Are Blockchain and ‘Smart Contracts’ the Secure Future?

Legal risk and reward of blockchain and smart contracts as a prescription for automotive applications

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Can blockchain, the digital distributed ledger technology so closely associated with the cryptocurrency Bitcoin, be used to mitigate the inherent risks of manufacturing automotive components? Can a hacker-branded technology be trusted to secure our connected and autonomous systems and drive a new mobility future?

If blockchain and smart contracts can provide an avenue for expanding the mobility economy while mitigating legal risks, they may be right for you.

Smart contracts, fortified by blockchain!

Most identify blockchain with the shadowy realm of cryptocurrencies, yet blockchain is simply a digital ledger system incorporating protocols that validate transactions across a decentralized network of computers, using computer logic to automate the tracking of performance events. Simply expressed, the code in smart contracts executes the logic of the legal agreement to exchange and transfer value or information — and the results are recorded on the blockchain.

For example, the French airline AXA has a smart contract that addresses flight insurance. If a flight is more than two hours late, app users are notified with compensation options.

Recently, more than thirty automotive companies joined forces to create MOBI, the Mobility Open Blockchain Initiative (see page 10). Chris Ballinger, MOBI’s founding chairman, said: “Blockchain and related trust-enhancing technologies are poised to redefine the automotive industry and how consumers purchase, insure and use vehicles.”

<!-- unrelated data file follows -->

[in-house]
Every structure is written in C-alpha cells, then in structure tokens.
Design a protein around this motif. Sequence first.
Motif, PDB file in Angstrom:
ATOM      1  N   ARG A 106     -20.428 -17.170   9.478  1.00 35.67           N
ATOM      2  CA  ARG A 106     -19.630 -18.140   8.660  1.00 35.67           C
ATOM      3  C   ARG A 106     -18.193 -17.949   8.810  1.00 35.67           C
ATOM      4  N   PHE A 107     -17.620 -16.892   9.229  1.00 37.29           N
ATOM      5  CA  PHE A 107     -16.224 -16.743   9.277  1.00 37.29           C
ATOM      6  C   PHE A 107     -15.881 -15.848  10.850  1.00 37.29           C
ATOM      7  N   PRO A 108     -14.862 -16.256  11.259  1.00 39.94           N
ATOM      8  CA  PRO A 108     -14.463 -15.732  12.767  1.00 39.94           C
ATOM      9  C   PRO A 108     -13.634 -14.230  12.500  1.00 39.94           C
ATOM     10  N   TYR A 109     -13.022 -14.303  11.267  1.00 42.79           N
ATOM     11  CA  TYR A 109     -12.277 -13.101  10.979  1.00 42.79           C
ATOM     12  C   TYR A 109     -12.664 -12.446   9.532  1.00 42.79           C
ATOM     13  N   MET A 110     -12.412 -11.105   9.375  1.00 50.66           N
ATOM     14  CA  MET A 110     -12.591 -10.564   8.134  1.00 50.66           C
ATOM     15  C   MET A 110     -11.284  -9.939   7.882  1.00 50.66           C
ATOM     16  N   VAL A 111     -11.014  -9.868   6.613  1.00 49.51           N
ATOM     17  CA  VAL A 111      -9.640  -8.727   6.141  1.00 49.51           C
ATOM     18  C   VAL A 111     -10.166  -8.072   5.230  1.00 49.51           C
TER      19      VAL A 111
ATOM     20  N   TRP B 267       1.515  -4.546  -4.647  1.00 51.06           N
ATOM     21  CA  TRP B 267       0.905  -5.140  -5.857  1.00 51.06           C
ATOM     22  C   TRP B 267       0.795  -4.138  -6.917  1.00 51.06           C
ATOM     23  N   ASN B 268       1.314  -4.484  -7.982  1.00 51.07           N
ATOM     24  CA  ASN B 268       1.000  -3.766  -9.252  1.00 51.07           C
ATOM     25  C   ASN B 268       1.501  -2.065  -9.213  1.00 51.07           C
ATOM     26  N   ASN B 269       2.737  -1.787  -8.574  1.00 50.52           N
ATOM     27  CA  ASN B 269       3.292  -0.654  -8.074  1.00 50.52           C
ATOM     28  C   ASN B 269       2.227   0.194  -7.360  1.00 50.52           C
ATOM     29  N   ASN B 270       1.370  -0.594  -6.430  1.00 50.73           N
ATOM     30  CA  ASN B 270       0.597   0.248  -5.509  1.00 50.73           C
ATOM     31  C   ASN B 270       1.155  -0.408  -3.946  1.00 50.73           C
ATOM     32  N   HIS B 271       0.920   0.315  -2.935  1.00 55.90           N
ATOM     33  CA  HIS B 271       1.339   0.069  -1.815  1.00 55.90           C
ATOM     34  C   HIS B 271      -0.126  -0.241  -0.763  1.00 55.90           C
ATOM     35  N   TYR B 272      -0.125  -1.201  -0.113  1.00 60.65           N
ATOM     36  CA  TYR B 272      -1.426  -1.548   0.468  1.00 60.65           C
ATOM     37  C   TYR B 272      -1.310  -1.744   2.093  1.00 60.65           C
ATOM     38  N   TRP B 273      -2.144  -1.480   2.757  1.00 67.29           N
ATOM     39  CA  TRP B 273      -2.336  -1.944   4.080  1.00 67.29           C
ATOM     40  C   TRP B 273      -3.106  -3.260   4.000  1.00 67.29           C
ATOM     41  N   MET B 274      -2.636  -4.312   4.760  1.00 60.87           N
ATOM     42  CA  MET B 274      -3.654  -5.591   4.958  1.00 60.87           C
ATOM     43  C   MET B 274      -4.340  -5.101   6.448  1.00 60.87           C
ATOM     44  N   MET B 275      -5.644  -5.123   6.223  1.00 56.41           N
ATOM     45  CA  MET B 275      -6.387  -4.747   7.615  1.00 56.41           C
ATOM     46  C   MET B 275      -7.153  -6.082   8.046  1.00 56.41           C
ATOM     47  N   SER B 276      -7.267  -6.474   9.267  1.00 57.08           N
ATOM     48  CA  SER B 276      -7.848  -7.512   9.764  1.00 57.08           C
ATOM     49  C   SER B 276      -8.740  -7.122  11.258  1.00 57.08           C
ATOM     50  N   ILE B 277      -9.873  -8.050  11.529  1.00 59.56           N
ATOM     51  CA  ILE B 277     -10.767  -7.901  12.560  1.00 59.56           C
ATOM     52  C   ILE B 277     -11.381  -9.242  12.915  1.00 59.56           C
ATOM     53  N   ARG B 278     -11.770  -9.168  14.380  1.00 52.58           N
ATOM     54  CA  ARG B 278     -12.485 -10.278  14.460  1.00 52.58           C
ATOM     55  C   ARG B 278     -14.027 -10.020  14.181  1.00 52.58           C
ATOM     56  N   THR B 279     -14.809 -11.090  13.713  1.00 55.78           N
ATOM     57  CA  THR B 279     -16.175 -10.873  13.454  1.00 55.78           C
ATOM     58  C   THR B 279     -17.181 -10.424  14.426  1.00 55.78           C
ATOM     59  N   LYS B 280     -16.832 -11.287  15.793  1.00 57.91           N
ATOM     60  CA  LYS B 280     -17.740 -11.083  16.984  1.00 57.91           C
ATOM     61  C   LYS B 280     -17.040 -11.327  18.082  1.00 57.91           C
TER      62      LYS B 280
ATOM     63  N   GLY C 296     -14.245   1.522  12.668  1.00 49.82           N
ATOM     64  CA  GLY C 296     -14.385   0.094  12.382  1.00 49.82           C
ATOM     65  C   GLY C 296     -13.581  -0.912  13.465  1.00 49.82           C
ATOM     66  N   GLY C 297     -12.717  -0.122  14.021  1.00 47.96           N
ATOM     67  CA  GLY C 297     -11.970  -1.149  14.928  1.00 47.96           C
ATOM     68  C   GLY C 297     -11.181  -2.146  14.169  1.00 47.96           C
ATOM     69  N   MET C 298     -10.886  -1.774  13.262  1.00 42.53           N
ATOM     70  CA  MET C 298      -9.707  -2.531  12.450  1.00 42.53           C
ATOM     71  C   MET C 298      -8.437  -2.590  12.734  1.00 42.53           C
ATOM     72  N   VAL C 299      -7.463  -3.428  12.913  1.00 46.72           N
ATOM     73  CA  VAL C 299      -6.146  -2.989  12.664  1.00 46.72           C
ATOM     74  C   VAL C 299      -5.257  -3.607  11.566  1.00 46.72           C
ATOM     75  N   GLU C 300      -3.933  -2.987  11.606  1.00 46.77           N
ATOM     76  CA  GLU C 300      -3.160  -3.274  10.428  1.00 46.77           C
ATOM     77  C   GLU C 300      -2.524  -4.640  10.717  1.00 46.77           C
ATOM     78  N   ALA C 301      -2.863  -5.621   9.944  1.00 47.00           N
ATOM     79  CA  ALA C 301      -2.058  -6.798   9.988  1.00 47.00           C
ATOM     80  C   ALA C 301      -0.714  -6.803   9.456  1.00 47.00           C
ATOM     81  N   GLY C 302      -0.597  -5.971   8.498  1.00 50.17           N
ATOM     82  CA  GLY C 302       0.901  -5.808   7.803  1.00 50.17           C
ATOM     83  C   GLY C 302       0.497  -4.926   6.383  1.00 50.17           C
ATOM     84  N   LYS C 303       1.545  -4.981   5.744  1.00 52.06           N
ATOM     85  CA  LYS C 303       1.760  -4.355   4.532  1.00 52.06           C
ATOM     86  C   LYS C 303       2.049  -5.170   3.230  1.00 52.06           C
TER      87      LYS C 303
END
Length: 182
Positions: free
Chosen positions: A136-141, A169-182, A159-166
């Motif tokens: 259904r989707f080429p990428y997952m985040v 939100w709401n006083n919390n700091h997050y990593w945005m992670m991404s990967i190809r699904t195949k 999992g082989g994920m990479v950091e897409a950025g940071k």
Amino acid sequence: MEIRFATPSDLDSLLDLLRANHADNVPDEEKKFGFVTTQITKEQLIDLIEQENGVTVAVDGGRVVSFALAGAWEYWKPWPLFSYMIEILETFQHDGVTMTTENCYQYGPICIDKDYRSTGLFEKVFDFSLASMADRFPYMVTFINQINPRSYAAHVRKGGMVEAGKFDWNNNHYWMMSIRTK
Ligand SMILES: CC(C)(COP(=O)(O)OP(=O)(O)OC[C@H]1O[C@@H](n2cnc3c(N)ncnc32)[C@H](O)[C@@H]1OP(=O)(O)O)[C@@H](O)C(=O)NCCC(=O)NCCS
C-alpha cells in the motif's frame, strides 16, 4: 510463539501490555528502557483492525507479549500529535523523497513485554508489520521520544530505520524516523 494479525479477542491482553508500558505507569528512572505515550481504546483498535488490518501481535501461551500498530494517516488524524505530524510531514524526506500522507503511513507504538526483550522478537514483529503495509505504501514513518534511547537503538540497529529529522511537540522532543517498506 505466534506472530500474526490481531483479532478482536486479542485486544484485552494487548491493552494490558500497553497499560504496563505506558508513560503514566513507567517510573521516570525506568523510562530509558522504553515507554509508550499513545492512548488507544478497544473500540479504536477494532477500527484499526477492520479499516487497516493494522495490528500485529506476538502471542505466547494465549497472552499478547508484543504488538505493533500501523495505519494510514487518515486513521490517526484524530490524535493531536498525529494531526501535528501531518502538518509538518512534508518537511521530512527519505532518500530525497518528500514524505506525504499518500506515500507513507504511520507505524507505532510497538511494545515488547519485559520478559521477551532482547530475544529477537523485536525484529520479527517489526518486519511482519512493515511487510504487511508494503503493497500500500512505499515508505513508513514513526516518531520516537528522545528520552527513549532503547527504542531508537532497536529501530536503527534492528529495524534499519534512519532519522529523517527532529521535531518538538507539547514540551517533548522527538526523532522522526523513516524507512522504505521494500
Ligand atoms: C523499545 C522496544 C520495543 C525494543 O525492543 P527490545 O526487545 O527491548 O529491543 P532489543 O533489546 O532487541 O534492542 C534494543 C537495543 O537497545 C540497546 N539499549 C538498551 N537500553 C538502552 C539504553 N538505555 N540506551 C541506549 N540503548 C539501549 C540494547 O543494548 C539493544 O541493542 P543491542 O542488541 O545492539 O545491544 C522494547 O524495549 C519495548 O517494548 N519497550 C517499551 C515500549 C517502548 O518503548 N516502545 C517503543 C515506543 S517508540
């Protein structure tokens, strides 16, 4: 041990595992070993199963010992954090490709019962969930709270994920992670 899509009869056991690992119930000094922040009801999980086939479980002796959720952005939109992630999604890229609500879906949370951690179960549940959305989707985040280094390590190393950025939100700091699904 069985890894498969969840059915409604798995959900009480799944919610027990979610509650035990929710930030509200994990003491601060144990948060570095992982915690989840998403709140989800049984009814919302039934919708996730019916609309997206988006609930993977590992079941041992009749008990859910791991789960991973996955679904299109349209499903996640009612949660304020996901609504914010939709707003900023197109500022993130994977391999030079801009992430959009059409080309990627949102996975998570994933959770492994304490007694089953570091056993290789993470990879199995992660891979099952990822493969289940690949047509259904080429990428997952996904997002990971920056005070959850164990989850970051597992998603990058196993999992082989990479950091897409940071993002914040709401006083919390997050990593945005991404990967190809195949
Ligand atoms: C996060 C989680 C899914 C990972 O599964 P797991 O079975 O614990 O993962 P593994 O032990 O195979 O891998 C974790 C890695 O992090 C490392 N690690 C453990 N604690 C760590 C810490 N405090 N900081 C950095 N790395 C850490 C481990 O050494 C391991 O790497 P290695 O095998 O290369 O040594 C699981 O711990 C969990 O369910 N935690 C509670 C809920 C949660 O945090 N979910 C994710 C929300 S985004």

MOBI has started assessing key use cases including:

  • Supply-chain tracking
  • Usage-based mobility pricing and payments for vehicles, insurance, energy, congestion charging, pollution and infrastructure

Blockchain, smart contracts and the law

As smart contracts and blockchain emerge as potential solutions to mobility challenges, risk-related questions arise:

Can my code cause legal headaches?

The person coding the smart contract is creating an interpretation of the contract logic. That’s where technical professionals can run into trouble.

  • When the contract says one thing and the code says another. It’s a troublesome world when contract provisions inside the same agreement collide (conflicting clauses that fall within the “four corners” of the contract) or when two competing contracts collide (the “battle of the forms”). Each of these problems has its own complex body of law. The issues where a smart contract competes with traditional drafted forms have not yet been resolved.
  • When the contract doesn’t execute at all. Traditionally, errors in coding lead to either warranty concerns or potential recalls. In fact, as many as 15% of all automotive recalls find software as the root cause. But what happens if a contract fails because either the platform or code doesn’t work? Depending on the contract, nothing may happen or something may not have happened that should have. If you have provisions that don’t execute properly, you may be in breach of a larger contract and liable for any resulting damages.
Blockchain will mitigate security and privacy risks — right?